Ohio art collector Scott Mueller has filed a lawsuit in Manhattan demanding a $1.4 million refund for Log Cabin Blank With Screw Eyes and Cafe Door, an installation by artist Cady Noland. His complaint? The Janssen Gallery in New York, which sold him the piece, didn’t make it clear that the artist wasn’t into the whole thing. Noland has now disavowed the piece, potentially diminishing its value and putting Mueller in a bizarre situation. Does he own a Cady Noland or doesn’t he?
Because Log Cabin, which was created in 1990, spent the better part of a decade stored in an environment unsuitable for its proper preservation, the Janssen Gallery had to do restorative work to prep it for sale. Apparently, that work was done without Noland’s guidance or consent. The artist didn’t take this sitting down and faxed Mueller a simple if jarring handwritten note: “This is not an artwork repaired by a consevator [sic] BUT THE ARTIST WASN’T CONSULTED.”
A spokesperson for Janssen attempted to clarify Noland’s comments, stating that the artist did NOT disavow the piece - but simply implied it’s worth WAY less than Mueller paid for it. I’m not sure which is worse.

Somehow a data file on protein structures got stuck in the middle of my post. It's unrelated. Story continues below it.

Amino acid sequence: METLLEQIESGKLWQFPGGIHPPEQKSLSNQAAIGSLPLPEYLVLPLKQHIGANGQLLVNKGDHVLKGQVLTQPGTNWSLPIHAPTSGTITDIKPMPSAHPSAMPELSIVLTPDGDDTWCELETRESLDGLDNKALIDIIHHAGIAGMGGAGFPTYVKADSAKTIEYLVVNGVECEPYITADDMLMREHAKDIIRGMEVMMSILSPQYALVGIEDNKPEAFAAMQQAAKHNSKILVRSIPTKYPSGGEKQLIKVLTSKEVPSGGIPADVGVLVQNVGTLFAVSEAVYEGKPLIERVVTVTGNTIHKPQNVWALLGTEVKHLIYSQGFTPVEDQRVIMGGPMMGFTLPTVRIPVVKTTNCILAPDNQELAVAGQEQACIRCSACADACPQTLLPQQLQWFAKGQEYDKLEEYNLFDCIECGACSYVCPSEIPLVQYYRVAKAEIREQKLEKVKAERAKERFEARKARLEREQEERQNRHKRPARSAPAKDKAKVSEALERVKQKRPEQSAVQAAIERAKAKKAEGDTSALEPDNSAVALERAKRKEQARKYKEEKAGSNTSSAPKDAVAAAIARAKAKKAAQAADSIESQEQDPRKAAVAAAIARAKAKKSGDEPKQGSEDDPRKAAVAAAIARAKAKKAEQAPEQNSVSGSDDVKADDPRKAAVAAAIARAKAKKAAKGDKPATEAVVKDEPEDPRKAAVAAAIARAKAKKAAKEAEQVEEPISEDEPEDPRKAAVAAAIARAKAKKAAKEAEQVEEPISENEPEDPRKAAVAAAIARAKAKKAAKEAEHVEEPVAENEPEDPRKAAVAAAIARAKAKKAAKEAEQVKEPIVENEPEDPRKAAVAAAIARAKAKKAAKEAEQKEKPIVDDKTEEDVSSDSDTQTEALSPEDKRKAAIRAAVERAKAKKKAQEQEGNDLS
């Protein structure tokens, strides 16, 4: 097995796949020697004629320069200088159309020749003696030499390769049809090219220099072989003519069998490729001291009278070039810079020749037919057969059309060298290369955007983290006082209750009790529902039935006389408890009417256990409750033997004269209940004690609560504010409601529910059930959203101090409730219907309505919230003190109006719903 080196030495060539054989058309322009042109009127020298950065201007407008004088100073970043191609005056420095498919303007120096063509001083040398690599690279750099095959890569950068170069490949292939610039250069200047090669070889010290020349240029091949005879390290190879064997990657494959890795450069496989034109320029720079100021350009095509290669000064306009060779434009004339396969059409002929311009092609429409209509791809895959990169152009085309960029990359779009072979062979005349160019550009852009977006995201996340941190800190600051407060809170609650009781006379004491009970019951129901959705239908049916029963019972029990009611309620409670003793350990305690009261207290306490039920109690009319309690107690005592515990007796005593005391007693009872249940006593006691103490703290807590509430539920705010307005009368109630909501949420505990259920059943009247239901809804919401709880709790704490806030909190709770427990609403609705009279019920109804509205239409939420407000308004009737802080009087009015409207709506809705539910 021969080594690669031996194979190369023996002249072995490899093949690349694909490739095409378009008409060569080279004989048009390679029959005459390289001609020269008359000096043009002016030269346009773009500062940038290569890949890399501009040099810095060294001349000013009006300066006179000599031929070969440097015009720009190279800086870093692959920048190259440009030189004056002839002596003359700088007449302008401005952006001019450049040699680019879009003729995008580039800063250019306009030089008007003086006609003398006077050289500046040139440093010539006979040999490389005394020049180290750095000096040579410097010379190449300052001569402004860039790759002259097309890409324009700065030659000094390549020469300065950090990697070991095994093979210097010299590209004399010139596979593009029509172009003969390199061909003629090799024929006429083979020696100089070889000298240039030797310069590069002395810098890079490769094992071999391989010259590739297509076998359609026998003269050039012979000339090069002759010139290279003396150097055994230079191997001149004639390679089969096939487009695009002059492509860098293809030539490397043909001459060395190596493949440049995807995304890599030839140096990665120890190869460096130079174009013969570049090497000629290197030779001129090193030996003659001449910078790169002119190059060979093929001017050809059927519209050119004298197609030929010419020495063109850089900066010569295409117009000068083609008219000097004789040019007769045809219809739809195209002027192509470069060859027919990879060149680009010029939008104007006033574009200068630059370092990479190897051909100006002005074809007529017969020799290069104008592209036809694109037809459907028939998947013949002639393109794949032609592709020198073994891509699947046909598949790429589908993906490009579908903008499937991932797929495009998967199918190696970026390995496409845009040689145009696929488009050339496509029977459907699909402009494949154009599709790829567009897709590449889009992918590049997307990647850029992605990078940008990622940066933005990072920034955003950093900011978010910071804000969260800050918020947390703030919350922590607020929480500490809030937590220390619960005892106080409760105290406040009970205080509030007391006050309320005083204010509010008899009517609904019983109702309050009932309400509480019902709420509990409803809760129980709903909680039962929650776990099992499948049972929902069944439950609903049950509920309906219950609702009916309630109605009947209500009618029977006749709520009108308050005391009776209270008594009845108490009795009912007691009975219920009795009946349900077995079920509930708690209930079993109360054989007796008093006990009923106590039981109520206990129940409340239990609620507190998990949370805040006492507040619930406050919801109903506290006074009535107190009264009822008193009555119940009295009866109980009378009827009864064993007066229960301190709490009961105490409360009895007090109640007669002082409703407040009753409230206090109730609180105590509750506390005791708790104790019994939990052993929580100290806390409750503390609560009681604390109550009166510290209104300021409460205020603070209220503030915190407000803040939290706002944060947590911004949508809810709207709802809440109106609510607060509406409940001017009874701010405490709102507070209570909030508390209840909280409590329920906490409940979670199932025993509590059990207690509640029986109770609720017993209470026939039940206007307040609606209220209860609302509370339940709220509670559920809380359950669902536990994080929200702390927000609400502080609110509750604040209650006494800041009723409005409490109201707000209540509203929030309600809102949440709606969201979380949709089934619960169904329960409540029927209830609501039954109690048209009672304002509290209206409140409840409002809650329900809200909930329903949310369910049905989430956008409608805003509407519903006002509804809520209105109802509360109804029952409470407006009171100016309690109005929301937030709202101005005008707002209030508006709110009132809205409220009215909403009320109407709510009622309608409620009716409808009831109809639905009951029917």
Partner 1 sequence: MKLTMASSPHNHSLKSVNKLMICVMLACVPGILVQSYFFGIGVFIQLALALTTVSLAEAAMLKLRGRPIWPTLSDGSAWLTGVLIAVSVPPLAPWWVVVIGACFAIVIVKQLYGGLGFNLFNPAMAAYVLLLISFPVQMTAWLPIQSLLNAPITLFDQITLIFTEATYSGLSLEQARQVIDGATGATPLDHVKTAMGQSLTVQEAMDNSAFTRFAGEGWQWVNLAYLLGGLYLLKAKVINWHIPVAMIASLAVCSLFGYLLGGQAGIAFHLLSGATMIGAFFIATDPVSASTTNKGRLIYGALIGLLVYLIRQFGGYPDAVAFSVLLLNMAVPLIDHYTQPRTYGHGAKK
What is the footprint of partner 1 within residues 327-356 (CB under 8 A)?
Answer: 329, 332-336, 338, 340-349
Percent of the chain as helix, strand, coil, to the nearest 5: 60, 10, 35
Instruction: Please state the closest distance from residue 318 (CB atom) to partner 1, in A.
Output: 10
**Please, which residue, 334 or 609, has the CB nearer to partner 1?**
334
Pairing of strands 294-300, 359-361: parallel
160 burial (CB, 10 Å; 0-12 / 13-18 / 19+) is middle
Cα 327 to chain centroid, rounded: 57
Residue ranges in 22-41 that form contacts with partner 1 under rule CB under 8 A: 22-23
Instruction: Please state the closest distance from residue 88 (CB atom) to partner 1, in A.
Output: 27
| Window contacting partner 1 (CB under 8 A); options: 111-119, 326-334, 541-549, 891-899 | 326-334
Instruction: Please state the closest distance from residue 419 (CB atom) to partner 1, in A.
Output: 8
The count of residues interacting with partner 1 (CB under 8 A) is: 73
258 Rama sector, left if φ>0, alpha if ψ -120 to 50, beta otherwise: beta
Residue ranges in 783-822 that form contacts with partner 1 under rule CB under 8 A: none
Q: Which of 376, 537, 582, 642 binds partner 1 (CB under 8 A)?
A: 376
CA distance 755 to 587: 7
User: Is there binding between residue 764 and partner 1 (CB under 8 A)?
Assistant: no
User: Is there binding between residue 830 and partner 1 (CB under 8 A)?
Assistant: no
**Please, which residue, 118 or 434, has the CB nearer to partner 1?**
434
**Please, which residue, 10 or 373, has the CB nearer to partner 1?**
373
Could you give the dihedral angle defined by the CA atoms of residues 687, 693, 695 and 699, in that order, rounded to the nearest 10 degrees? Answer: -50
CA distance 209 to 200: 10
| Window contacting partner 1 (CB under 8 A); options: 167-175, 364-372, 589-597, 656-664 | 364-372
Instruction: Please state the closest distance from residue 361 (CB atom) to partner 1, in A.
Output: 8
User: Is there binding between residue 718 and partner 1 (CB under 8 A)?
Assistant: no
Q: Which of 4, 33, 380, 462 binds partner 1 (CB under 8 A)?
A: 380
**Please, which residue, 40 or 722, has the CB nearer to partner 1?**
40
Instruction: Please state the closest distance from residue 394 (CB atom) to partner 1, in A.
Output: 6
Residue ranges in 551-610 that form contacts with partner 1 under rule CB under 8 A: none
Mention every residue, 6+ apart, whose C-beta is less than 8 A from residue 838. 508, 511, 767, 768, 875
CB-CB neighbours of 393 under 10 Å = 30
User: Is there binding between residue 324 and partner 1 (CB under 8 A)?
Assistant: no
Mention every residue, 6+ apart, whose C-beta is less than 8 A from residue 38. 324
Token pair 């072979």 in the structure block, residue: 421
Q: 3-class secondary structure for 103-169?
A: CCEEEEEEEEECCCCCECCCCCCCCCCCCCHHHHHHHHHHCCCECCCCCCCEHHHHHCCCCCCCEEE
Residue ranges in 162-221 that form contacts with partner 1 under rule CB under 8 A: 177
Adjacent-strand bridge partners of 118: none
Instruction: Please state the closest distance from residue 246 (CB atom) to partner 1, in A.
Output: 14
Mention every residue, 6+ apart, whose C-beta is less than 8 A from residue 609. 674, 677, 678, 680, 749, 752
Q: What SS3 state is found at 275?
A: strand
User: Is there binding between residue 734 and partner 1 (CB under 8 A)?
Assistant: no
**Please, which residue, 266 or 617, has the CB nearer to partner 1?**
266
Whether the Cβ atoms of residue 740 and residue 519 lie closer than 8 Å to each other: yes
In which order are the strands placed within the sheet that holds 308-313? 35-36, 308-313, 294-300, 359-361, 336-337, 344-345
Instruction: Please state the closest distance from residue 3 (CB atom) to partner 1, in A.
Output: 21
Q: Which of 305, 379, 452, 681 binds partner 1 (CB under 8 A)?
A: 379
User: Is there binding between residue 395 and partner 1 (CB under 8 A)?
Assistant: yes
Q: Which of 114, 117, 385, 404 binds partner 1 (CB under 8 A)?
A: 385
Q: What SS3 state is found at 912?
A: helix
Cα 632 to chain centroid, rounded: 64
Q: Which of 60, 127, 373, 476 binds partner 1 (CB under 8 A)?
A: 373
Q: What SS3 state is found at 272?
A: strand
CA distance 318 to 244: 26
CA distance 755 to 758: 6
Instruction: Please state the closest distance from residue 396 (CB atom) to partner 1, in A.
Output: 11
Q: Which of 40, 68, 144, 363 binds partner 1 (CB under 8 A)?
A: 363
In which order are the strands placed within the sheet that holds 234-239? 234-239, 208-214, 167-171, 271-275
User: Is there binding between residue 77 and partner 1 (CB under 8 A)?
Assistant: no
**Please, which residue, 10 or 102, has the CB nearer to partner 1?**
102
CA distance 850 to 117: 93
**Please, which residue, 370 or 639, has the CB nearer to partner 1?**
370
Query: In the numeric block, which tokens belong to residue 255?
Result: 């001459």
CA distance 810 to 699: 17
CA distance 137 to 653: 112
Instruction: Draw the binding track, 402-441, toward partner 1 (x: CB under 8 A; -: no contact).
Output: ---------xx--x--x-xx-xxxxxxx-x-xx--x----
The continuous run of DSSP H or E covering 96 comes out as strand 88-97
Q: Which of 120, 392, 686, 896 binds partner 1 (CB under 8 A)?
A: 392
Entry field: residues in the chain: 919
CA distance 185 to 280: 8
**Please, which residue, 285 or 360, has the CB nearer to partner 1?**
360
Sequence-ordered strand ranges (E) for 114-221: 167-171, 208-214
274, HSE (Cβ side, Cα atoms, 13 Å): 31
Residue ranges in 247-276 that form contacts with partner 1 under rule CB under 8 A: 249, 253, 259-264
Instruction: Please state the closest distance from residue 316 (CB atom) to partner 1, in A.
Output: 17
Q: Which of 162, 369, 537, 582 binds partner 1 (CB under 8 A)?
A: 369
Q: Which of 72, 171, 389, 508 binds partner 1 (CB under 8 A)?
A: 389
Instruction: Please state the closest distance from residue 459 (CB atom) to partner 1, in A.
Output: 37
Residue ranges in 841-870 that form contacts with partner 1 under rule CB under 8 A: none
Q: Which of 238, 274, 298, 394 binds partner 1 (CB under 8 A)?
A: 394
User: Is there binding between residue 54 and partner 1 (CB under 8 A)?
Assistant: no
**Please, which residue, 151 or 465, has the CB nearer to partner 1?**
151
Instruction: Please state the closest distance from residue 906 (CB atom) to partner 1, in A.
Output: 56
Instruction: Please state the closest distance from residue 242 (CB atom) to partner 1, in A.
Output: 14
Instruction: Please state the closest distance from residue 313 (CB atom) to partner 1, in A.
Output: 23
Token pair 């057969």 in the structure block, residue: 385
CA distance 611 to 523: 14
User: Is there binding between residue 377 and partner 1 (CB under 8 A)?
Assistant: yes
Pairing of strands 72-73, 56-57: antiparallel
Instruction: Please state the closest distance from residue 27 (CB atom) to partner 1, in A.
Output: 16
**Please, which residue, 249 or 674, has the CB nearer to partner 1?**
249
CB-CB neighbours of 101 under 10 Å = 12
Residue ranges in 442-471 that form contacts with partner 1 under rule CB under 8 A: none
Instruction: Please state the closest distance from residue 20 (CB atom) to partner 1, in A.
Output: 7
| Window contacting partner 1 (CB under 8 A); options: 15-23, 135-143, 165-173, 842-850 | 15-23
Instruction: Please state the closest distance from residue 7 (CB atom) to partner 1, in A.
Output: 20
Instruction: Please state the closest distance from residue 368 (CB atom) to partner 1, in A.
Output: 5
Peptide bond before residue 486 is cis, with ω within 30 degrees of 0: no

The whole thing is a lose-lose for Mueller. He’s so far only received $600,000 back from the gallery, but that’s an impractical resolution. He either wants the art to be the art he bought or he wants the money.
This is a particularly compelling case because the piece involved is pretty much just the facade of a scout hut. The concept is the powerful thing at play here and the concept did not degrade in the drafty warehouse where the piece was stored. Given that, what Noland is claiming is that an artist can strip his or her name off a piece that is altered in any way. If a court rules against Janssen, the precedent is going to make dealers very nervous indeed.
And they should be nervous.
Back in 2011 Noland tussled with a collector over her piece “Cowboys Milking,” which she similarly disavowed when Sotheby’s muscle caused damage to one of its corners. That work is presumably rotting in a closet somewhere courtesy of the the Visual Artists Rights Act of 1990, which grants artists “moral rights” over all of their work, even pieces they no longer own.
Cady Noland may not care for her sculpture any more, but she’s turning the art market into an amazing performance piece.